Qatar banned the sale of beer in World Cup stadiums just two days before the opening game.
The move was the latest sign of tension over hosting the event, which is not just a sports tournament but also a month-long party, in the conservative Muslim emirate where the sale of alcohol is strongly restricted.
It’s also a blow to World Cup beer sponsor Budweiser and raises questions about the control FIFA retains over its tournament.
Non-alcoholic beer will still be sold in all eight stadiums, while champagne, wine, whiskey and other spirits will still be served in the arenas’ luxury hospitality areas.
The vast majority of ticket holders do not have access to these areas, although they can drink alcoholic beer in the evening in what is called the FIFA Fan Festival, a designated party area which also features music and live activities.
Outside of tournament-run areas, Qatar imposes strict limits on the purchase and consumption of alcohol, although its sale has been permitted in hotel bars for years.
Budweiser’s Twitter account tweeted, “Well that’s embarrassing…” without giving details on Friday. The tweet was later deleted.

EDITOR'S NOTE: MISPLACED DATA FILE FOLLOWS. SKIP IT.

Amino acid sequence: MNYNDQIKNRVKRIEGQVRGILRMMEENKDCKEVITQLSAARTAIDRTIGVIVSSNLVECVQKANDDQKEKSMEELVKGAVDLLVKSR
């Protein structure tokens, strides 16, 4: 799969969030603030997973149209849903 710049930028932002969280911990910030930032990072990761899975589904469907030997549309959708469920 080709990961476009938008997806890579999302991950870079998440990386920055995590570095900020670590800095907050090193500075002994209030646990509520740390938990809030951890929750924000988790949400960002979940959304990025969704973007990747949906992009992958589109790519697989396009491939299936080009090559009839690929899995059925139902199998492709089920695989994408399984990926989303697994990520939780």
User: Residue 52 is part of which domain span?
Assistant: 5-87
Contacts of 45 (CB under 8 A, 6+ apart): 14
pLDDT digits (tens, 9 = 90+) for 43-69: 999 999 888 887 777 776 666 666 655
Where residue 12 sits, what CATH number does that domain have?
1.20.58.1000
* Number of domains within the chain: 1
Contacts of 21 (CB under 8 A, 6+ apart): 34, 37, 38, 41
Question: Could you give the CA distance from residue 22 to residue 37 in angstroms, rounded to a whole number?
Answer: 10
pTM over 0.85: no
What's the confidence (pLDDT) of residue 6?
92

Ab InBev, Budweiser’s parent company, acknowledged in a statement that some of its plans “cannot proceed due to circumstances beyond our control.”
The company pays tens of millions of dollars at every World Cup for exclusive rights to sell beer and has already shipped the majority of its stock from Britain to Qatar in hopes of selling its product to millions of fans. .
As the World Cup approaches, rights groups have raised concerns about how the country will welcome millions of foreign fans, some of whom may violate Islamic laws criminalizing public drunkenness, sex outside marriage and homosexuality.
The Qatari government and its Supreme Committee for Delivery and Legacy did not immediately respond to requests for comment.
Friday wasn’t Qatar’s first comeback – but it was the most significant. Qatar also changed the date of the opening match just weeks before the start of the World Cup.
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